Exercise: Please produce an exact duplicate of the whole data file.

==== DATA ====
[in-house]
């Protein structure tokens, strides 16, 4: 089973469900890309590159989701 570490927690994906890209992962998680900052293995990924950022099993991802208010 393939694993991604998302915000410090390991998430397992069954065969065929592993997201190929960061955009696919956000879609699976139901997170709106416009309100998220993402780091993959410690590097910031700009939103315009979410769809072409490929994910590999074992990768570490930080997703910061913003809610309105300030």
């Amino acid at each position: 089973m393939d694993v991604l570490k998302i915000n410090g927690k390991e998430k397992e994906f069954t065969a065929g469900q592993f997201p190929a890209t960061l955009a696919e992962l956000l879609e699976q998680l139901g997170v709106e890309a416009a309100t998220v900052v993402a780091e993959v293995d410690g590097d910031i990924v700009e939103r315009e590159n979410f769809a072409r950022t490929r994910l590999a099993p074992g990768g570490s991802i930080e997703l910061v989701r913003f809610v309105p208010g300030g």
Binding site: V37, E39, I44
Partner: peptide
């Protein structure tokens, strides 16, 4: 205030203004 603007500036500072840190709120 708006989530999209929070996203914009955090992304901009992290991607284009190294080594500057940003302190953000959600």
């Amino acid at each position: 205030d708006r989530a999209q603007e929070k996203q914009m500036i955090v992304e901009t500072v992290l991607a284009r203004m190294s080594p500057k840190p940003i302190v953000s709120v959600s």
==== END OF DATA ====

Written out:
[in-house]
């Protein structure tokens, strides 16, 4: 089973469900890309590159989701 570490927690994906890209992962998680900052293995990924950022099993991802208010 393939694993991604998302915000410090390991998430397992069954065969065929592993997201190929960061955009696919956000879609699976139901997170709106416009309100998220993402780091993959410690590097910031700009939103315009979410769809072409490929994910590999074992990768570490930080997703910061913003809610309105300030």
């Amino acid at each position: 089973m393939d694993v991604l570490k998302i915000n410090g927690k390991e998430k397992e994906f069954t065969a065929g469900q592993f997201p190929a890209t960061l955009a696919e992962l956000l879609e699976q998680l139901g997170v709106e890309a416009a309100t998220v900052v993402a780091e993959v293995d410690g590097d910031i990924v700009e939103r315009e590159n979410f769809a072409r950022t490929r994910l590999a099993p074992g990768g570490s991802i930080e997703l910061v989701r913003f809610v309105p208010g300030g």
Binding site: V37, E39, I44
Partner: peptide
């Protein structure tokens, strides 16, 4: 205030203004 603007500036500072840190709120 708006989530999209929070996203914009955090992304901009992290991607284009190294080594500057940003302190953000959600």
């Amino acid at each position: 205030d708006r989530a999209q603007e929070k996203q914009m500036i955090v992304e901009t500072v992290l991607a284009r203004m190294s080594p500057k840190p940003i302190v953000s709120v959600s």